10 Tips for Choosing Your Kid's First Car


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And Lose Parent of the Year
Ford's MyKey system can limit the car's top speed (and the stereo volume), enforces seatbelt use and more. (Creative Commons/Flickr/HighTechDad)

You know how your kid wanted all of the technology in his car to make up for the fact that you're making him deal with an old iPhone 4? Well, if you're buying new, you're going to give to him. Big time. In fact, you can monitor his every move. Ford's MyKey system limits the car's top speed and the stereo volume, enforces seatbelt use and even gives earlier low-fuel warnings so your kid can't leave you stranded in the driveway before work the next morning. Hyundai's BlueLink system sends you a message on your phone if the car is going over a speed limit you've set, or if the car is out past its curfew. It's a techno tattletale.

Author's Note: 10 Tips for Choosing Your Kid's First Car

My parents bought my first car for me when I was 17. I absolutely, positively did not want it, despite this being the dark ages before cell phones or any other tech wizardry. I had nothing to do with the purchase, and that's how I ended up with the most horrid, faded red, musty smelling Chevy Chevette the world has ever seen. We bought it used, and my parents test drove it while I sulked in the cramped, tan vinyl back seat. It was so cheap they wrote a check for it. I avoided driving it, coming up with any excuse to catch a ride with my mom or have a friend pick me up or just stay home. When I did drive it, I had to lift my foot off the throttle, wait for the automatic transmission to shift down, and then mash the throttle if I wanted to make it over the hill to my house. In my passive-aggressive hatred, I blew up the engine by not putting fluids in the car. I had to pay to replace the engine and keep driving the Chevette. And worst of all, when I got in a minor accident and was hit on the rear quarter panel, my parents allowed the mechanic to slap a two-foot (61-centimeter) bandage sticker on the "wound." I had to drive the car that way until I went to college a thousand miles (1,609 kilometers) away -- too far for that Chevette to follow me.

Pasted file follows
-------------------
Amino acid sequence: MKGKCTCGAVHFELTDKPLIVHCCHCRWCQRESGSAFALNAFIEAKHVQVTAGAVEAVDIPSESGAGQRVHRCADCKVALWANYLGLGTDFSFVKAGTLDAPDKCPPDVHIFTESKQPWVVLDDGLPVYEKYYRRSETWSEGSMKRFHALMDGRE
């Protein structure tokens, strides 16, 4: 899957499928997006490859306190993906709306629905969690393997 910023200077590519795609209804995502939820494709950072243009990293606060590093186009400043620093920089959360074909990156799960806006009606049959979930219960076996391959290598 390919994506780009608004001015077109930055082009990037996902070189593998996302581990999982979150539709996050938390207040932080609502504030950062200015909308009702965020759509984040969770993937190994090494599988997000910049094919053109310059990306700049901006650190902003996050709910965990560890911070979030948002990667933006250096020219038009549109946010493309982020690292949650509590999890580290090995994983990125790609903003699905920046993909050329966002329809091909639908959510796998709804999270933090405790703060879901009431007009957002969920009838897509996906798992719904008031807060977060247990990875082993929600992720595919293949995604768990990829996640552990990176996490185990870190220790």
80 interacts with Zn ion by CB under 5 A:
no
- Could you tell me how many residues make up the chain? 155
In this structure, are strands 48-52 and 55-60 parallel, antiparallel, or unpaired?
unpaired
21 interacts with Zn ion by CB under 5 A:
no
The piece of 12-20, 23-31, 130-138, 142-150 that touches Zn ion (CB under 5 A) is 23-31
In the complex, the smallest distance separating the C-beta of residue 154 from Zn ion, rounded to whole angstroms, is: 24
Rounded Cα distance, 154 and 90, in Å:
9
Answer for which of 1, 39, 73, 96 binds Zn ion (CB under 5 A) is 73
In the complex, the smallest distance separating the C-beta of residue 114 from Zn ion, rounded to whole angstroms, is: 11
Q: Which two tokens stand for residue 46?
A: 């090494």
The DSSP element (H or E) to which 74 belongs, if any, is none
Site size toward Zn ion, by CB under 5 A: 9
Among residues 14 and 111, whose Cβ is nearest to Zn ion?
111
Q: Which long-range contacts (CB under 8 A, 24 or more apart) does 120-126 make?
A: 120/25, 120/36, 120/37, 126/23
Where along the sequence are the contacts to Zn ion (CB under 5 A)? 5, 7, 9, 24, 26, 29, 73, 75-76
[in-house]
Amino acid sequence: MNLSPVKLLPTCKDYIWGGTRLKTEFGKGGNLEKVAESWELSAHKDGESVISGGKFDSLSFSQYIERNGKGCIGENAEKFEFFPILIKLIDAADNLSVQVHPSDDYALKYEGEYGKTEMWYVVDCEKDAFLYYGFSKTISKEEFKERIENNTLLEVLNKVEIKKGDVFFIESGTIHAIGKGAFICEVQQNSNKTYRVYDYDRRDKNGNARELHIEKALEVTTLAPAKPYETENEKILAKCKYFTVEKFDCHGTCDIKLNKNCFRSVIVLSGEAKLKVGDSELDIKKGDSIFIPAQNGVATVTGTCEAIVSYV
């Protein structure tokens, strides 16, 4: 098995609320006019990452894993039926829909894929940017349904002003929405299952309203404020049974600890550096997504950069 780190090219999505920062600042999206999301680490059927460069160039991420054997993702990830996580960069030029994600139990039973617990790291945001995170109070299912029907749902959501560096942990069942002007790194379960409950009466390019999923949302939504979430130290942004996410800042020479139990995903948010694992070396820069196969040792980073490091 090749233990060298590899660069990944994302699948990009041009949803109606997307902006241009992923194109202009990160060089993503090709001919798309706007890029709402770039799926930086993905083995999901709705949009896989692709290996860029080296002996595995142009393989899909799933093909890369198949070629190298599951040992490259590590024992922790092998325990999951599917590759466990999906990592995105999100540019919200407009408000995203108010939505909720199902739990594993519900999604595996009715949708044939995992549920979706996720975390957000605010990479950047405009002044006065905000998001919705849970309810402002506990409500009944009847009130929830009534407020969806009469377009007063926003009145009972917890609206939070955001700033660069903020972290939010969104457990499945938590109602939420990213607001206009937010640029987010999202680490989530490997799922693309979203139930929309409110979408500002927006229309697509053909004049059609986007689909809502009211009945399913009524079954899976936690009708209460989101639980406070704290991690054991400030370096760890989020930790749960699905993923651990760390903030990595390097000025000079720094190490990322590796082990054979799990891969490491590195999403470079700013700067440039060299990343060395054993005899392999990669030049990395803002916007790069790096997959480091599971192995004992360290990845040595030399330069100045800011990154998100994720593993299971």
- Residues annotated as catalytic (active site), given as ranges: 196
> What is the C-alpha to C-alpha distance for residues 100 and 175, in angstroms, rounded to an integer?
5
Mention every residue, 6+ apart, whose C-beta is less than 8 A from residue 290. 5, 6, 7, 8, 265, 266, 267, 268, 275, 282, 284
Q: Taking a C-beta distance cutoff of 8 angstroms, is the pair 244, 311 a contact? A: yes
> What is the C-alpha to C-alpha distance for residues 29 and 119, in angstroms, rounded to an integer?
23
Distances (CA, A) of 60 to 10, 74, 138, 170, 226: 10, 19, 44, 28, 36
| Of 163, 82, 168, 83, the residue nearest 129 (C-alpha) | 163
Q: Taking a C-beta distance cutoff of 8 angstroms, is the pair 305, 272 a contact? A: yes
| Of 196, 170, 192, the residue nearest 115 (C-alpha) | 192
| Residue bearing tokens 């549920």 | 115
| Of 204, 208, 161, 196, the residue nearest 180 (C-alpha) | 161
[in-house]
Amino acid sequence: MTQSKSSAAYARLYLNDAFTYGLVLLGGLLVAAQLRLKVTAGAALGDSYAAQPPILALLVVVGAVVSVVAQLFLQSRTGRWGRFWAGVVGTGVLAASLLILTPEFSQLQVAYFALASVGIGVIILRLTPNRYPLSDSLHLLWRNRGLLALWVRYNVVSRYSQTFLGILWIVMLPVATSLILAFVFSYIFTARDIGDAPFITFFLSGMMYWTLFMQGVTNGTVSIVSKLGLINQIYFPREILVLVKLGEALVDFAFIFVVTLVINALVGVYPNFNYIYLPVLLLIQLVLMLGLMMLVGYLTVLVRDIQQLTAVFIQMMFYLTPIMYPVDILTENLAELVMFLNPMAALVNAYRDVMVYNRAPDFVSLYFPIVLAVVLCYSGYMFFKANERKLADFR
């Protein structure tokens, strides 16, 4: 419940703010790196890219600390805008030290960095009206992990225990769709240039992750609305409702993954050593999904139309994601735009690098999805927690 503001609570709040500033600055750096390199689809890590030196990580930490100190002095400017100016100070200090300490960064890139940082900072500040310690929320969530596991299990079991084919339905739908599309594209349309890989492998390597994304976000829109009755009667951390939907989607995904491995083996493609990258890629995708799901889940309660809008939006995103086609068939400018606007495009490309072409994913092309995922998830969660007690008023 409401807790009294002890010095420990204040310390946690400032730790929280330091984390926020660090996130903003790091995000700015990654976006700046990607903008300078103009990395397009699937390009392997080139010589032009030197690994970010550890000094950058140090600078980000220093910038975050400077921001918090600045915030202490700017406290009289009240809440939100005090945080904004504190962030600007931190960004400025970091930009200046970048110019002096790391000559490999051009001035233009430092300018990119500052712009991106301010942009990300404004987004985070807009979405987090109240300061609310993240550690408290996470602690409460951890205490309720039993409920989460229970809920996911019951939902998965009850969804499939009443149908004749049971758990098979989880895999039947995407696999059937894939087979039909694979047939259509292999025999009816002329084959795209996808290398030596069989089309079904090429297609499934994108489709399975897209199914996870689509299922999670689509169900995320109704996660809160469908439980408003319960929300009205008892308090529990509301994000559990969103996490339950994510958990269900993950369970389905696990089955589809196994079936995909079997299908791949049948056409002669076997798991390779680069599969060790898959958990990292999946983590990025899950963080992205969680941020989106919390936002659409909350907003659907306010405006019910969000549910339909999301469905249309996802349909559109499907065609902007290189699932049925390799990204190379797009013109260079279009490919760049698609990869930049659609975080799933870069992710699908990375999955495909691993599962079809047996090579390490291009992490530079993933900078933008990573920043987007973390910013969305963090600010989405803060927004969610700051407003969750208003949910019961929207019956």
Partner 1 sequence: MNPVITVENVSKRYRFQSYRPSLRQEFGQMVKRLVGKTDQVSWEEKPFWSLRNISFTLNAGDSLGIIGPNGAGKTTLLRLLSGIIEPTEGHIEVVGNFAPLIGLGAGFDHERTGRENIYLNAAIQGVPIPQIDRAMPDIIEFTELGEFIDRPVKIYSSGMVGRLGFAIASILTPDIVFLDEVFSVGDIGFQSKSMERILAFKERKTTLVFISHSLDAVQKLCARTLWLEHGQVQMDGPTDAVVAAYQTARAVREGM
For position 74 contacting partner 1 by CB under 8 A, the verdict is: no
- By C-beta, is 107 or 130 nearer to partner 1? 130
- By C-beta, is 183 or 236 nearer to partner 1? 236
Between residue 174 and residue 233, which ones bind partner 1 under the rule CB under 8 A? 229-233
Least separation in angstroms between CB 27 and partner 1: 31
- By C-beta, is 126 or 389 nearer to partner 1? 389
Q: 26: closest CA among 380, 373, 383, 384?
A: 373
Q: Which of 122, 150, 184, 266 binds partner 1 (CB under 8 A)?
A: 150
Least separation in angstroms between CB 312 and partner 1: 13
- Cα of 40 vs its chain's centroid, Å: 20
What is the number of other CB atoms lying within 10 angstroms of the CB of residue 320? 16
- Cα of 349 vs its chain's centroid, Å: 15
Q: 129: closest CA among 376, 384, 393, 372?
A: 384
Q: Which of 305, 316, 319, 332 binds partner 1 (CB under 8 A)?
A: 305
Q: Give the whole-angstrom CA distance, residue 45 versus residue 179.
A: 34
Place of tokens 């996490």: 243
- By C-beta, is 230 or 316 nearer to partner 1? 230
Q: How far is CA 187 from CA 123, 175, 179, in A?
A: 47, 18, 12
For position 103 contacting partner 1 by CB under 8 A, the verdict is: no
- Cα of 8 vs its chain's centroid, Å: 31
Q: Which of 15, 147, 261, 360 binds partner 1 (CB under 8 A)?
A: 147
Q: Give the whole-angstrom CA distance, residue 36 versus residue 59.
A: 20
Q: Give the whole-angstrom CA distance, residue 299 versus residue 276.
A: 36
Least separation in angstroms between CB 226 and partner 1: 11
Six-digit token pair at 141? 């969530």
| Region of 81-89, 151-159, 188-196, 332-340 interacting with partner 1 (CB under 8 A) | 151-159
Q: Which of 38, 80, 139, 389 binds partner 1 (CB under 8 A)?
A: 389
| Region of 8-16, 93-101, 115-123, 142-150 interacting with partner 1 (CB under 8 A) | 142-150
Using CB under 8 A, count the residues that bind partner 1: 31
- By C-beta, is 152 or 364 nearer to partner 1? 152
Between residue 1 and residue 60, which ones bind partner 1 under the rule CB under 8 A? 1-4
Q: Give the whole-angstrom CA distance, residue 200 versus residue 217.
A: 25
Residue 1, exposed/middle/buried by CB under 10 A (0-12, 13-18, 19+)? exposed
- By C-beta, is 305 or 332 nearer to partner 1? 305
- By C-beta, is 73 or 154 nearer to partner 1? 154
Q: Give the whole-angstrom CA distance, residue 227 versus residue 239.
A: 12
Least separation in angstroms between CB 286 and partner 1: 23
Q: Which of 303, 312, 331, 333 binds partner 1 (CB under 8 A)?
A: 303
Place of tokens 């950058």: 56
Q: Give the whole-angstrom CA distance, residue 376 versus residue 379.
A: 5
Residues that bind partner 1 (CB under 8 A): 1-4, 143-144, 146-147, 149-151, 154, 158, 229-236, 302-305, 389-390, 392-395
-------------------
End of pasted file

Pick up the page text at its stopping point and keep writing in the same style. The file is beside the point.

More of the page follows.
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Sources

  • Clarke, Warren. "Choosing a Safe Car for Your Teen Driver." Edmunds.com. May 24, 2012. (Oct. 31, 2013) http://www.forbes.com/sites/jimgorzelany/2013/06/24/the-best-used-cars-for-teenage-drivers/
  • Consumer Reports. "How to Buy Your First Car." ConsumerReports.com. January 2013. (Oct. 31, 2013) http://www.consumerreports.org/cro/2012/12/how-to-buy-your-first-car/index.htm
  • Edsall, Larry. "Choosing Your Teen's First Car." MSNAutos.com. (Oct. 31, 2013) http://editorial.autos.msn.com/article.aspx?cp-documentid=434845
  • Gorzelany, Jim. "The Best Used Cars for Teenage Drivers." Forbes.com. June 24, 2013. (Oct. 31, 2013) http://www.forbes.com/sites/jimgorzelany/2013/06/24/the-best-used-cars-for-teenage-drivers/
  • Healey, James R. "Stick shifts popular again, despite lower gas mileage." May 1, 2012. (Nov. 6, 2013) http://content.usatoday.com/communities/driveon/post/2012/04/stick-shift-manual-transmission-ford-focus-surprise-more-interest-------/1
  • Heaps, Russ. "Bankrate's 7 best cars for teenagers." Bankrate.com. (Oct. 31, 2013) http://www.bankrate.com/finance/auto/best-cars-for-teenagers-1.aspx
  • Insurance Institute for Highway Safety. "Ratings." IIHS.org. (Nov. 6, 2013) http://www.iihs.org/iihs/ratings
  • U.S. Department of Transportation. "Shop Smart for a Safer Car, SUV, Mini-Van or Truck." Safercar.org. (Nov. 6, 2013) http://www.safercar.gov/Safety+Ratings

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